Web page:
For the first half of the first episode, there is no "dialogue." You only hear the characters grunt, sigh, and occaisionally scream. At first, this seems confusing, but later you'll realise that dialogue really wasn't neccessary. At the end, you see what appears to be the main character, named Ichise get his right arm and left leg cut off. At this point, we still don't know his name. Also introduced in the story is Ran, a girl who can see the future, and Yoshii, a stranger from the surface. With his arrival, you learn that Lukuss, the city in which this story takes, is miles below the Earth's surface.

Over the next few episodes, two other characters are introduced. These are Onishi, a high ranking member of the Organo. The Organo isn't really explained outright,although the implications have me thinking it's a crime syndicate. You are finally led to Doc, an expert on the process of texhnolyzation. She finds Ichise and gives him a new arm and leg.

The presentation is somewhat uneven, which is why I give it only 4 stars. Sometimes, it is very surreal and dream-like, and at other times, it is very harsh and realistic. While this isn't really that bad, it does disrupt the flow of the story a bit. And by the way, the story moves very slowly in the first three episodes, and picks up for a dramatic cliffhanger at number four.

All things considered, this is one of the best new animes I have seen in a while. However, don't buy this if you aren't willing to put insome time and thought into it.
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on July 3, 2004
Texhnolyze... surreal, dark, mysterious, unpredictable, interesting, intelligent, highly complex...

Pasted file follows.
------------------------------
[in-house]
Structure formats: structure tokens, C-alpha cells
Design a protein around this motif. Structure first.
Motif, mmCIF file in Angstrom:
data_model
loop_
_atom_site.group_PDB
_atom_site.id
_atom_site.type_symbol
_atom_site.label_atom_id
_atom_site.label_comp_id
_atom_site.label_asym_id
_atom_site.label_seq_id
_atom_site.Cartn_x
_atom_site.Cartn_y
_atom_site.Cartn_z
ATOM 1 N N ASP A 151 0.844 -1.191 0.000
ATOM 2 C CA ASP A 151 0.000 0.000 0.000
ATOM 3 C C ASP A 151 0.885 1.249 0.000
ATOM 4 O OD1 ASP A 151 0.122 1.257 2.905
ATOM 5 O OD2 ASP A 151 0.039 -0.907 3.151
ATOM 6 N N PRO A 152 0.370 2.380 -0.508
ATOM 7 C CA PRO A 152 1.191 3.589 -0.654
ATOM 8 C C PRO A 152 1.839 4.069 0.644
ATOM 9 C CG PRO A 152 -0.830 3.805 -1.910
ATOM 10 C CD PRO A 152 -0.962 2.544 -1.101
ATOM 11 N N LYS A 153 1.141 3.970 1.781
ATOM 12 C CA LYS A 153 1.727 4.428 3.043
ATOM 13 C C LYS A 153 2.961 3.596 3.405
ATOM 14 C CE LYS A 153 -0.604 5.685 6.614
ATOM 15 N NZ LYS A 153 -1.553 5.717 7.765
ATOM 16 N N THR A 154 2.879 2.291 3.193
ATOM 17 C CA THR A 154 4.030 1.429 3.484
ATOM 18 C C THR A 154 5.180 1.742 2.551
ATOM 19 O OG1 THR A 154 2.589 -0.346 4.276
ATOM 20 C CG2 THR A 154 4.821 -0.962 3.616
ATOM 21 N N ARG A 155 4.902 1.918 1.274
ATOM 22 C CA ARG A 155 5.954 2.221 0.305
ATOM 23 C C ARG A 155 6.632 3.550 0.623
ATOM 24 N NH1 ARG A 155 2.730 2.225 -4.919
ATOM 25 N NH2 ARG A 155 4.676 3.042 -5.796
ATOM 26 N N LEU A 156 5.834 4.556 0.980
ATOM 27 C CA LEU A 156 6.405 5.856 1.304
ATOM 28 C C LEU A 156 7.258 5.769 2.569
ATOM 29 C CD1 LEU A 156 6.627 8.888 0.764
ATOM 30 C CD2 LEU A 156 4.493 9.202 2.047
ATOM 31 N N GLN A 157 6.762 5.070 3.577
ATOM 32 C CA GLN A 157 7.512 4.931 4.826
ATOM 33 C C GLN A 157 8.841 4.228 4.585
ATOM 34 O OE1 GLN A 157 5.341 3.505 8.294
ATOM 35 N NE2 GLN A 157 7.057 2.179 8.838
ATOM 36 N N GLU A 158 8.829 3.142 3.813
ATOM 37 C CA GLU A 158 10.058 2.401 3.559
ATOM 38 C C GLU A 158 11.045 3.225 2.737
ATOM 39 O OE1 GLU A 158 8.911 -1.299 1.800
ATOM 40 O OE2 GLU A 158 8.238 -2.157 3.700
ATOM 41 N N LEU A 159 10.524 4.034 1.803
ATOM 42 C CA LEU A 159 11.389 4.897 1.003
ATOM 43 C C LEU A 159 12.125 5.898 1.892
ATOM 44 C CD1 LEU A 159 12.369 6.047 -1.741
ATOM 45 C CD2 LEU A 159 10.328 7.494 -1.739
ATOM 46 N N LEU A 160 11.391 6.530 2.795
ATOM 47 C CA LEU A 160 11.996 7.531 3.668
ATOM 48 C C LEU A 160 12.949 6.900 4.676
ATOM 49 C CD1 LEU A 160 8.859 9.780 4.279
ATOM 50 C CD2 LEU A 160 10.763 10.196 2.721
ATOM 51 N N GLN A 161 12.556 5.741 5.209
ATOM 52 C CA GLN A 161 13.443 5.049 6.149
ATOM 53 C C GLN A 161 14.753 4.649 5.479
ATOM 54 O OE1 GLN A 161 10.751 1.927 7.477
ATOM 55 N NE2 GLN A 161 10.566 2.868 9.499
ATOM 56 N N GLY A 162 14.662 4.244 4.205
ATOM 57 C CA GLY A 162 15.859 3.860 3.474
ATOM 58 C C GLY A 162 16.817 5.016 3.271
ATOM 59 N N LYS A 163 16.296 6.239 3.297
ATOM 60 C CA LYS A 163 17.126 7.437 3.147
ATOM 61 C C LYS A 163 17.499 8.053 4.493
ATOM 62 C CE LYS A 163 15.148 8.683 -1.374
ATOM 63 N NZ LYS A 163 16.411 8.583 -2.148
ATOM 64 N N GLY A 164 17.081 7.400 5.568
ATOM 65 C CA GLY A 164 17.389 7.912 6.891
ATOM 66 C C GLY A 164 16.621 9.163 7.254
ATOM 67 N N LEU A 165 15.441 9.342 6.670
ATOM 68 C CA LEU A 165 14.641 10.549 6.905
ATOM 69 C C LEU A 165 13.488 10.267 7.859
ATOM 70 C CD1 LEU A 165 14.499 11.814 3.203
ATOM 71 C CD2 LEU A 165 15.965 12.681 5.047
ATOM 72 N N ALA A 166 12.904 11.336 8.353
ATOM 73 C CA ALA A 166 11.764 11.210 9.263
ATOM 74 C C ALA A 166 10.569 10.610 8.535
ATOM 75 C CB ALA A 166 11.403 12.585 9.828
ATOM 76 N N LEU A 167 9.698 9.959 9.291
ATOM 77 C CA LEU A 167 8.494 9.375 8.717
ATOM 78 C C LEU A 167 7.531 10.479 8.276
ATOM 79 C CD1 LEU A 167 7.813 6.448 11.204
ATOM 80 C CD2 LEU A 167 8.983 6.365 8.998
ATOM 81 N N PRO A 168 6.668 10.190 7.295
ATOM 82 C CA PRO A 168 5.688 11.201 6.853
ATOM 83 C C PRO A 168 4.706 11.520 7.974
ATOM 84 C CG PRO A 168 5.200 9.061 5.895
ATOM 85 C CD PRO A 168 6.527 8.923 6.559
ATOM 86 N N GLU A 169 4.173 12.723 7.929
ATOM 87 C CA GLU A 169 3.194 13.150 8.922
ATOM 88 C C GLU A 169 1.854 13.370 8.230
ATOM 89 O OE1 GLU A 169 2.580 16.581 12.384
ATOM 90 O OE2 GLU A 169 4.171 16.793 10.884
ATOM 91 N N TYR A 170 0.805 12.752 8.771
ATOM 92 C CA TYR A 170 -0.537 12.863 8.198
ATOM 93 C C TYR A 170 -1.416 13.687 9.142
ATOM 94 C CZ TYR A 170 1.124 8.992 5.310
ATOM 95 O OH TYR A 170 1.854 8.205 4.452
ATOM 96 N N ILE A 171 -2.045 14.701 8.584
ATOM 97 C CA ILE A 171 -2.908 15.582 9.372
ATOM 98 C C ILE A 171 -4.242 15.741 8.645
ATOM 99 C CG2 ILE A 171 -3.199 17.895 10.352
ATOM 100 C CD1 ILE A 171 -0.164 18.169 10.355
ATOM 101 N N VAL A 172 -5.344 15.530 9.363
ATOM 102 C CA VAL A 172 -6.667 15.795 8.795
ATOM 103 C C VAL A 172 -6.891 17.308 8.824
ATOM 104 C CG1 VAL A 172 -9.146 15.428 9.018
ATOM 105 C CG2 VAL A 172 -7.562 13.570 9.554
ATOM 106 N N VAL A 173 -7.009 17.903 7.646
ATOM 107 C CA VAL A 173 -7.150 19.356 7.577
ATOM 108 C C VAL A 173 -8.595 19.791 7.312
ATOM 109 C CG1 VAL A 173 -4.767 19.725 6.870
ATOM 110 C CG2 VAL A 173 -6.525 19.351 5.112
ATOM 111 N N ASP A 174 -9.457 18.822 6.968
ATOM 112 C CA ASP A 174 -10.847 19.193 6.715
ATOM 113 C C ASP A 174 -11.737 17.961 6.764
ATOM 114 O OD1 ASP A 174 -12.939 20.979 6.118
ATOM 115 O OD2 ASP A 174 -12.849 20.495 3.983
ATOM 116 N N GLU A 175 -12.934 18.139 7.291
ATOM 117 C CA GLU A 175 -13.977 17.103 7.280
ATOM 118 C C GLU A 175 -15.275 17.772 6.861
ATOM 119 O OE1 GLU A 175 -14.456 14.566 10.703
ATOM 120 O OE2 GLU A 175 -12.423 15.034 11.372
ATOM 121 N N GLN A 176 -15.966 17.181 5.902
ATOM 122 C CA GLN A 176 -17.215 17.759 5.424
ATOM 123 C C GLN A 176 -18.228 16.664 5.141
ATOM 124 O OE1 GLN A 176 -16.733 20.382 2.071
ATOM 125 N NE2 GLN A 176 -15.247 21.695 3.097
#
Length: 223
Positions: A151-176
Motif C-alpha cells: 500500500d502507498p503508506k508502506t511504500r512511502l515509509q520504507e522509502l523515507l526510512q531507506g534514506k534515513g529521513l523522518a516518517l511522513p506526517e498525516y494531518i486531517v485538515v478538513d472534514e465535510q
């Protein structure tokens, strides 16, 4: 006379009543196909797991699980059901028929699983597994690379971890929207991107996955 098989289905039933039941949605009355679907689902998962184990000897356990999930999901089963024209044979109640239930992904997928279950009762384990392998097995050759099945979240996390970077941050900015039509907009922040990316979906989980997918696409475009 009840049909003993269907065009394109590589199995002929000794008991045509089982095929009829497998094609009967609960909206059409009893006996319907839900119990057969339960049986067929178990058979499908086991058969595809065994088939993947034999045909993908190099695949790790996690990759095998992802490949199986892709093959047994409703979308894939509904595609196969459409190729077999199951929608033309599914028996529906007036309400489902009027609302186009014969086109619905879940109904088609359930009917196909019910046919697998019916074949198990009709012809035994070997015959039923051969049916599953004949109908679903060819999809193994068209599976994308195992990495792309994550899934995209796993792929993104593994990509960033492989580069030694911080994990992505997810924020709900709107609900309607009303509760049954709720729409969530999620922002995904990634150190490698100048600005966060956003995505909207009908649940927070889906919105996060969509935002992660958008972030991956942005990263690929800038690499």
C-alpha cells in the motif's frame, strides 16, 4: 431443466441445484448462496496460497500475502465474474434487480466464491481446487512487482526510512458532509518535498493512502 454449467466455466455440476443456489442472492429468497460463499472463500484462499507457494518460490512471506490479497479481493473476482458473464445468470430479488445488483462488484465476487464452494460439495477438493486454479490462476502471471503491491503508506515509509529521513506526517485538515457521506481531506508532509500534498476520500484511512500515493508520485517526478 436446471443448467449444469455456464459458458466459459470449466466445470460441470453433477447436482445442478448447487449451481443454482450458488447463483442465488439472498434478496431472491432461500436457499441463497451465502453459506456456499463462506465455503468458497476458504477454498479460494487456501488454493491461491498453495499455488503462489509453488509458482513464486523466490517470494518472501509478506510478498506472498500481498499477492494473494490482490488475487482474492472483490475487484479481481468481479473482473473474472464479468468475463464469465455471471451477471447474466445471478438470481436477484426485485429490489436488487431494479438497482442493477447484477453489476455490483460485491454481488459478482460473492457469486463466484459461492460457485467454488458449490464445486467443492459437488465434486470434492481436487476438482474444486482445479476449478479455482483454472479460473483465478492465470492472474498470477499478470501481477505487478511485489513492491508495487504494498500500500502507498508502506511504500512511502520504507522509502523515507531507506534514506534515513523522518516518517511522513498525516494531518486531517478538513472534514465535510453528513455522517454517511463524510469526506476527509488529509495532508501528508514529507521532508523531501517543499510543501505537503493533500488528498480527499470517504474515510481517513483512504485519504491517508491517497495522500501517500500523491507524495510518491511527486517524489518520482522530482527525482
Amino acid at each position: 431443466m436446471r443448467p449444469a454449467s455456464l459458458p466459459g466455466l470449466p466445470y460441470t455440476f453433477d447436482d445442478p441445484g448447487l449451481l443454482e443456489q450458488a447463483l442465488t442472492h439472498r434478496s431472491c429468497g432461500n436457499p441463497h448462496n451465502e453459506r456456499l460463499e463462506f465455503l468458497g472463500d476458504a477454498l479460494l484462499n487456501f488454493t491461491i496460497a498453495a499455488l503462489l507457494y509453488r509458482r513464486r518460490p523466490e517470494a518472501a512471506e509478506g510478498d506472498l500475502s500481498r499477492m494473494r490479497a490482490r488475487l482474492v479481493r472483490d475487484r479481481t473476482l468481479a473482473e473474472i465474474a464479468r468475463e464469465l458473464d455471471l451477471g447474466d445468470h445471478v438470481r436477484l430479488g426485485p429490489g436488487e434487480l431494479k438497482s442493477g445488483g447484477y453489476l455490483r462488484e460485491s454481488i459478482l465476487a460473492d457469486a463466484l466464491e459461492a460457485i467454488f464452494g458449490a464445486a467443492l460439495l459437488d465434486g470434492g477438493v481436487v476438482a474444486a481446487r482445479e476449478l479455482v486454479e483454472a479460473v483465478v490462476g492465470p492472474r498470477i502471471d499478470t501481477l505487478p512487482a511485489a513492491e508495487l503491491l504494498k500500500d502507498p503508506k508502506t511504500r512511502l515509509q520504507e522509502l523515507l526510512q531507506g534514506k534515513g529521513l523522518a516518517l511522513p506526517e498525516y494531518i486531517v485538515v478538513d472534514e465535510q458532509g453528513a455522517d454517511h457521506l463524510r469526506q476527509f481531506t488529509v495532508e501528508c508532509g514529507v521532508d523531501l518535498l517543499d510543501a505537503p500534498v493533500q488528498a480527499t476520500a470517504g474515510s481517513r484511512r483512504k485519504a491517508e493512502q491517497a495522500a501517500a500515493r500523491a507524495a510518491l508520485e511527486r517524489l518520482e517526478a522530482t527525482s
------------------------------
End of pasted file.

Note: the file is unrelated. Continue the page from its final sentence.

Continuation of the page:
I guess if I could sum it all up in one word, it would have to be masterpiece!
I watch alot of Anime and from the selection of titles that I have seen, that have been released this year, Texhnolyze is indeed a rare treat! Fans of Lain, Evangelion, Boogiepop Phantom, Ghost in The Shell, Akira, Haibane Renmei, The Soultaker and Witch Hunter Robin will very likely enjoy this engaging series as it is a highly complex puzzle to be solved, revealing itself in bits and pieces at a time. The pacing of the story is slow in this first volume but it is one of its strengths as the focus is brought down on realistic character development and gives a chance for the viewer to familiarize themselves with the surreal environment. However, things start to take off in the second volume as more answers are revealed about the main players in this story as well as the beginnings of the roles that they will play.
Texhnolyze is not an easy story to understand, and for this reason it would probably be best for the average viewer to watch one episode and then take a little time to reflect upon it before continuing on to the next chapter. For those persons that are just getting in to Anime, I very highly recommend this series if you found the original Matrix or Twelve Monkeys rewarding.
To stay true to the series, it was my intention not to reveal too much of anything about this story or it's characters but for those of you who are interested in going a little deeper...
[...]